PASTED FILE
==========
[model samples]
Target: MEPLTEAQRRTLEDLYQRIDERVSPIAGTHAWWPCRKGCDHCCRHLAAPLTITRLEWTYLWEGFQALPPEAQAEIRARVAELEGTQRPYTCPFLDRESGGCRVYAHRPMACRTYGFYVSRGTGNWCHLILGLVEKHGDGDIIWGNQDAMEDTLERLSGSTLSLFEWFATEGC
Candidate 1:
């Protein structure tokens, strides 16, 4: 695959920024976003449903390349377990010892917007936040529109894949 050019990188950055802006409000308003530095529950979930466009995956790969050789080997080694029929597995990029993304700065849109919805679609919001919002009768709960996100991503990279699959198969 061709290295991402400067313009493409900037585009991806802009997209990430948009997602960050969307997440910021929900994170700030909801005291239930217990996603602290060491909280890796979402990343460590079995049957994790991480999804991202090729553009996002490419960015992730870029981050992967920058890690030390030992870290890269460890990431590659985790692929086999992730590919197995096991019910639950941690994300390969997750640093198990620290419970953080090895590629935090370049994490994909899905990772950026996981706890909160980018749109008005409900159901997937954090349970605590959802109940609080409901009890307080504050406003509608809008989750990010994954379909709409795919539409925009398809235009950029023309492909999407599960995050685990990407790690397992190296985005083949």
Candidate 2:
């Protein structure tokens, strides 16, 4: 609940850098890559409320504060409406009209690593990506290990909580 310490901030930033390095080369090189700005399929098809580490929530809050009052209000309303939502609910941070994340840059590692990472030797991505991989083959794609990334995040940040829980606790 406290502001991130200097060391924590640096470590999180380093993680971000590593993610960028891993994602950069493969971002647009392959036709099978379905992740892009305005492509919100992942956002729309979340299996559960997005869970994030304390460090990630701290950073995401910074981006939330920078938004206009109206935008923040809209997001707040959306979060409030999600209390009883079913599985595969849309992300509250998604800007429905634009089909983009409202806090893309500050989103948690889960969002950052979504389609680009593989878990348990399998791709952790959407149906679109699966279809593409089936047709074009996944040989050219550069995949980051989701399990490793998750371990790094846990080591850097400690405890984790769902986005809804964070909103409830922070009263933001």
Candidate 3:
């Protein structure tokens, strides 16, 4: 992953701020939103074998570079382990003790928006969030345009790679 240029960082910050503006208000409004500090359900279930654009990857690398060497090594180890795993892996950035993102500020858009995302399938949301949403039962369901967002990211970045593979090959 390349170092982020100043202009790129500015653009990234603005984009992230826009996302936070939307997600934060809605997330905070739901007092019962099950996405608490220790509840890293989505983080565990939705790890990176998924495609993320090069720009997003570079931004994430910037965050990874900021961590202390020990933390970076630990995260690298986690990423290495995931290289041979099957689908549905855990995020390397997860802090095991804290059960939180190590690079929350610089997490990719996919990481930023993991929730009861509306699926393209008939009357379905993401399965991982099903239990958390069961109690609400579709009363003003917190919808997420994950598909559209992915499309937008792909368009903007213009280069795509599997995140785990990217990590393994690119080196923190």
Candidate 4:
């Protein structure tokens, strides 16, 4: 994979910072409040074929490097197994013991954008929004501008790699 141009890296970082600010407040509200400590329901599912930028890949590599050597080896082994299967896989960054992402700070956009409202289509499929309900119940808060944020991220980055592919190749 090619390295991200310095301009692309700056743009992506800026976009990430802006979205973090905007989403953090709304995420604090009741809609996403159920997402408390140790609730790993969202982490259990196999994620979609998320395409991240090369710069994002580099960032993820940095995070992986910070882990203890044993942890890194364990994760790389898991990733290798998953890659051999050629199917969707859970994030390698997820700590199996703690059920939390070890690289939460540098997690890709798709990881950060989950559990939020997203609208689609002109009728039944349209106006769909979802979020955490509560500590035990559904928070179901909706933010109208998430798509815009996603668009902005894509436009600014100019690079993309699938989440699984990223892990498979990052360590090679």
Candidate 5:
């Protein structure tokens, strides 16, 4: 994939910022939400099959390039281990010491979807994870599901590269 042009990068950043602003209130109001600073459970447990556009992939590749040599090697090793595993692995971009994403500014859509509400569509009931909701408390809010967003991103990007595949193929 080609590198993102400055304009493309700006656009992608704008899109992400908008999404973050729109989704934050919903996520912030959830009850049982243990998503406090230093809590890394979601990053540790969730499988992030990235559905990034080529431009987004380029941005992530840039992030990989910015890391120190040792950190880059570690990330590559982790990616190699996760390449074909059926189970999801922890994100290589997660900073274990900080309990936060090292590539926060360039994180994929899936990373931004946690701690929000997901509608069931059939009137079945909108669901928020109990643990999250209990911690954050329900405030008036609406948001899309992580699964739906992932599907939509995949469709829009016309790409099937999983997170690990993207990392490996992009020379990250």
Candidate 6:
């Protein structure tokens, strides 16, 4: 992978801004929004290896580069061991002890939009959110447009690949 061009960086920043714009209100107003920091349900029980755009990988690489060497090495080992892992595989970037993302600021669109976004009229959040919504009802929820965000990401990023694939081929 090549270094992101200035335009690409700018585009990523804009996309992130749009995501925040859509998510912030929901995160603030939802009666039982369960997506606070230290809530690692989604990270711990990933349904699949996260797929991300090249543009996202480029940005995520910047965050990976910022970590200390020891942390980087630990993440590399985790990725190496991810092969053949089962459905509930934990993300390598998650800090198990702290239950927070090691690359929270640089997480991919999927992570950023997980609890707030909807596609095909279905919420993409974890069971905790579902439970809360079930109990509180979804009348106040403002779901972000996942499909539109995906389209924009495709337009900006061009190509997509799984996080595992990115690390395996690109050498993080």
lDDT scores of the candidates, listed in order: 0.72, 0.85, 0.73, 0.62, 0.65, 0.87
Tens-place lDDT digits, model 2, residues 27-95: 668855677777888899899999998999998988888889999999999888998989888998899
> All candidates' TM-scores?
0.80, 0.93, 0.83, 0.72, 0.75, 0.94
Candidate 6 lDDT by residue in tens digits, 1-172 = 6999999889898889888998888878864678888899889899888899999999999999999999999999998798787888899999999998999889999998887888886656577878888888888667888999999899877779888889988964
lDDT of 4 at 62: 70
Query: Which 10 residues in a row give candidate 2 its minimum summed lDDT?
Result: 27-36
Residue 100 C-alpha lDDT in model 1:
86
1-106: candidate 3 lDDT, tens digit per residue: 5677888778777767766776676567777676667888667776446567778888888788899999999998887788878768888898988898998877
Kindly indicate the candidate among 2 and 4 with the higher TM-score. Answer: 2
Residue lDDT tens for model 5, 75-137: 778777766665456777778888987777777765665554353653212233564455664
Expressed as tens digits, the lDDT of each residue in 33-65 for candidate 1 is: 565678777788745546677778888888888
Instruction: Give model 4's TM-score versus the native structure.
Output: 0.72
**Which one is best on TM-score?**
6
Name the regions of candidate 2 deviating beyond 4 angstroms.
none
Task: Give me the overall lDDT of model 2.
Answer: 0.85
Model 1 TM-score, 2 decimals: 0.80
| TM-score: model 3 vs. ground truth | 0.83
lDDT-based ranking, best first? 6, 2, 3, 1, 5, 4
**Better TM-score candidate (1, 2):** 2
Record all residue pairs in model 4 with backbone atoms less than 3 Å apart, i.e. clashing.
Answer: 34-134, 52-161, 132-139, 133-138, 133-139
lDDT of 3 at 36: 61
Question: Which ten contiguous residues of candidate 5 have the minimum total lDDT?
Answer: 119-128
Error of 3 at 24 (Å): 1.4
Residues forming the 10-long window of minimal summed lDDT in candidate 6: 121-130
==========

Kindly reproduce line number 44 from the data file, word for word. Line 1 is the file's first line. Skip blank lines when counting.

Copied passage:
Question: Which ten contiguous residues of candidate 5 have the minimum total lDDT?